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The one with the Beastie
on 14 June 2010
It all starts off innocently enough, as it often does in a Tintin adventure, but before long, our young investigative journalist is embarking on a journey that takes him to the British Isles and ultimately to the mystic Black Island in Scotland. He has good reason to make the journey, having witnessed an unmarked plane landing in a nearby field while out for a walk and, by the end of page one Tintin is shot by the pilot as he goes to investigate. Recovering in hospital, he learns from Thompson and Thomson that the same plane has been reported crash-landing in Sussex, and Tintin accordingly sets out with Snowy to get to the bottom of the mystery.
Like many of Tintin's earliest adventures, the ones initially serialised in the Petit Vingtième in the late 1920s and 1930s, the story takes the form of a linear line, with a rolling series of events taking Tintin from one place to the next, getting involved in mishaps and picking up clues along the way. Reworked for colour album publication, the story in The Black Island still doesn't get any more complex than Tintin following a trail, being hampered by criminals trying to shake him off along the way - permanently if possible - with a bit more slapstick than usual (Tintin even knocking himself out by standing on a rake at one point). The pacing however is excellent, with twists and thrills on every page and lovely clear-line artwork that has a wonderful sense of openness and movement.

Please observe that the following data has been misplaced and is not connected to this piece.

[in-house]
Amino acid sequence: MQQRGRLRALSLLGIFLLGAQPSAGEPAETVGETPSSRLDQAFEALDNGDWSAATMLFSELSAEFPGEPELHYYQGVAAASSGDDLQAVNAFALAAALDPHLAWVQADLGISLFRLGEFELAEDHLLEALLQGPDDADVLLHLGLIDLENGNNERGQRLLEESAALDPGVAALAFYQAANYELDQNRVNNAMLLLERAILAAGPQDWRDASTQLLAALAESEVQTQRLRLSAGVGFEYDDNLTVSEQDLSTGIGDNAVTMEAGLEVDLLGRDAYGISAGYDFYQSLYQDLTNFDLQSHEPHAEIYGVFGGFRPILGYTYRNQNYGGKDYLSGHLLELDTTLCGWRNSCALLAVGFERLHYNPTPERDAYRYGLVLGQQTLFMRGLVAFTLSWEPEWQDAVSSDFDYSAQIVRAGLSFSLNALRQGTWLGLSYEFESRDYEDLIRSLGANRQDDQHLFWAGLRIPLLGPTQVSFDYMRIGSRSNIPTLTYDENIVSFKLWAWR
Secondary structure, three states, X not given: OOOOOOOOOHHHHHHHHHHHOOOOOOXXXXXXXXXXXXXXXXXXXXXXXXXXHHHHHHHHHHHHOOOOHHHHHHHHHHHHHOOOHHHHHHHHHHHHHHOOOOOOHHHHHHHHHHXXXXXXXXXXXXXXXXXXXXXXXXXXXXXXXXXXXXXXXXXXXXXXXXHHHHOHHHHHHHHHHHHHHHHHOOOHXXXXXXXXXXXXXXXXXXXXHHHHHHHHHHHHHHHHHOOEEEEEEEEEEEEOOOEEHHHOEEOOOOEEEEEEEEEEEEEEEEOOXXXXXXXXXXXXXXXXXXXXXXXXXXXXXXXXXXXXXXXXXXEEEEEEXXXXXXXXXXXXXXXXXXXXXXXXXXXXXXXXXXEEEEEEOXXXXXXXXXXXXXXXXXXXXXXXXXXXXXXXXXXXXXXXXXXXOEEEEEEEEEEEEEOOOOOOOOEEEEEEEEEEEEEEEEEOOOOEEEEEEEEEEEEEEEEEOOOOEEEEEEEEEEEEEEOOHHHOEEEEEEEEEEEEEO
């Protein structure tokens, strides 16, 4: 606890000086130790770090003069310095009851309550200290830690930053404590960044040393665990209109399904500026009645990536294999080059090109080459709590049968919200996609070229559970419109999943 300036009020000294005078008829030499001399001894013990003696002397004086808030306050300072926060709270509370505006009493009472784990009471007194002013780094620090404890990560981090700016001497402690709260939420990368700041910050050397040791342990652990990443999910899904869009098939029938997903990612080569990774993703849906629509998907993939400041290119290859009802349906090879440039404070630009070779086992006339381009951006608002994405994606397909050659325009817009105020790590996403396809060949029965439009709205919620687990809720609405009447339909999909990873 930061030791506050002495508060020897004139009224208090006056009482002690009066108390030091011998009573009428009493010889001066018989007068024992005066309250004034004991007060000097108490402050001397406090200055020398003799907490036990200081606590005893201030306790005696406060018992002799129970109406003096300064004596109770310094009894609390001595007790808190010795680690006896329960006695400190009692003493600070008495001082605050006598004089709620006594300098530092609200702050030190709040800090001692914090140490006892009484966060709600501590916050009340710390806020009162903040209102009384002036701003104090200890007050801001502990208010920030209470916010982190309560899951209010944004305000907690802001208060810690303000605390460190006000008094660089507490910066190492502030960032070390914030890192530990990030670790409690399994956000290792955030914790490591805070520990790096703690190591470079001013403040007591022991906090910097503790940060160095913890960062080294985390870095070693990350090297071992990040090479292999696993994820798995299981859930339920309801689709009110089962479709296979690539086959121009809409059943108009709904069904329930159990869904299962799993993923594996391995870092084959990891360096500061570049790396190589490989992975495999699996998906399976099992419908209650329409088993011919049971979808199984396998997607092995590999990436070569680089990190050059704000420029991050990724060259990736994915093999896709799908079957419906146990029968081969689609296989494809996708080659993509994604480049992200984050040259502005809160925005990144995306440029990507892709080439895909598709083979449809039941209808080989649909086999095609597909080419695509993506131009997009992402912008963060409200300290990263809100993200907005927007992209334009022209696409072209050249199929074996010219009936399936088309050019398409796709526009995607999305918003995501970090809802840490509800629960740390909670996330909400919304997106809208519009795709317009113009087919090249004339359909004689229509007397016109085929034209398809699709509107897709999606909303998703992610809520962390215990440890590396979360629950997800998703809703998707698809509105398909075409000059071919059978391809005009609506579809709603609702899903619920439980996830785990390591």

Like all of Hergé's Tintin work, the use of locations and the evocation of mood is superb. Although the book followed the usual route of publication for the early Tintin adventures, moving from a 128 page black-and-white strip to a redrawn and coloured 62-page book, Hergé went to the trouble of revising The Black Island again in 1965, prior to the book's first UK publication, sending an assistant to gather reference materials to ensure relevance and correct some basic errors in the previous editions. You could still criticise the sometimes clichéd olde-worlde mysticism and the fact that Tintin dons a kilt to better blend in with the locals, but the drawings in The Black Island are beautiful and they do capture an essence of Scotland in a manner that would fire the imagination of its young readers and still have resonance for some older Tintin fans.